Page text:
January 10th, 2018
how diurnal changes, postural changes and temperature affect the heart rate and blood pressure
The heart is the organ that propels blood to all body parts as a result of its rhythmic contractions (systole) and dilations (diastole). The muscles of the human heart are myogenic; they independently initiate and maintain the heart rate even without stimulus. It is, however, subject to control by the autonomic nervous system (Opie 2004). The stimulus for contraction of the heart originates in the sinoatrial (SA) node. It has the innervations connecting it to the autonomic nervous system, and it initiates the heartbeat; thus, it is also called the pacemaker. The cardio-accelerator and inhibitor centers located in the medulla oblongata of the hind brain control the heart rate. Impulses transmitted along the parasympathetic fibers reduce heart rate (Opie 2004). The pumping action of the heart generates the pressure that pushes blood through the arteries. The normal blood pressure in a healthy adult is a systolic pressure of 120mmHg and a diastolic pressure of 80mmHg or slightly lesser. Pulse pressure is the difference between the systolic and diastolic pressure and averages about 40mmHg. Levedahl et al. (2004) explains that the heart rate and blood pressure are affected by hormones and external factors such as diurnal changes, posture and temperature. These exert their influence through a negative feedback mechanism which is effected by the autonomic nervous system. There is a direct correlation between heart rate and these three factors when the body is exposed to these stimuli; they alter the heart rate via regulation through the homeostatic balance mechanism (Rodrigo, Carrera & Jaramillo 2007; Little & Little 1989).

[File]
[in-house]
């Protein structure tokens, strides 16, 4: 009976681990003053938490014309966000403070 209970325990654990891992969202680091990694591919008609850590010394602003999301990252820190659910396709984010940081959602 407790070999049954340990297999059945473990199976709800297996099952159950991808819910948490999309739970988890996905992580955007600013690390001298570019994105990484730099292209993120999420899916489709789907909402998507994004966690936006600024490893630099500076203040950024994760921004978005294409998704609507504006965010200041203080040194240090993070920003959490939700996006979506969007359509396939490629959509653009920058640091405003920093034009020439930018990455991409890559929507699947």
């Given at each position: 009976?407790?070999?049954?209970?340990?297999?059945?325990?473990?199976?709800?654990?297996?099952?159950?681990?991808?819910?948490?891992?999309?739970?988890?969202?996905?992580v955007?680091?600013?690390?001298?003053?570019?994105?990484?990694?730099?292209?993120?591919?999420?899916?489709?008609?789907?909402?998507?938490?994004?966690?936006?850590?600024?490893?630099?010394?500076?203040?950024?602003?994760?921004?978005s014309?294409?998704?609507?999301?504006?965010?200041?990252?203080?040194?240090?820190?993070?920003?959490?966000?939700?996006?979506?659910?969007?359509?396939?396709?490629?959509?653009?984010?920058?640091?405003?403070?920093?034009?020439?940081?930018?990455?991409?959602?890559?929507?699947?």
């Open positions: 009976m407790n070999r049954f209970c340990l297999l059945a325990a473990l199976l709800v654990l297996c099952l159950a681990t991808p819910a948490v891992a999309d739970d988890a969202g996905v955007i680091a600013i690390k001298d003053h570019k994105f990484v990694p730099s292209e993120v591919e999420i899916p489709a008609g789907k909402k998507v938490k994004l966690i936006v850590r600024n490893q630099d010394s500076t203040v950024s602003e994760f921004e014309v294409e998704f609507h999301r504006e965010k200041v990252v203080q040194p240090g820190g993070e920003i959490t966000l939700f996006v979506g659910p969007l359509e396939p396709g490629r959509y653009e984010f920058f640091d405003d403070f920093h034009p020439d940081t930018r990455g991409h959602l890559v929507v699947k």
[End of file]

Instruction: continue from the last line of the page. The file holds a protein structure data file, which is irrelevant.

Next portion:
This experiment aims at investigating how diurnal changes, postural changes and temperature affect the heart rate and thus the blood pressure. The heart rate of the subject in this experiment will be measured at different times of the day – morning and evening, while the subject is at various postures and after exposure to various stimuli- heat and cold. These will then be used to determine the effect of these factors on the heart rate.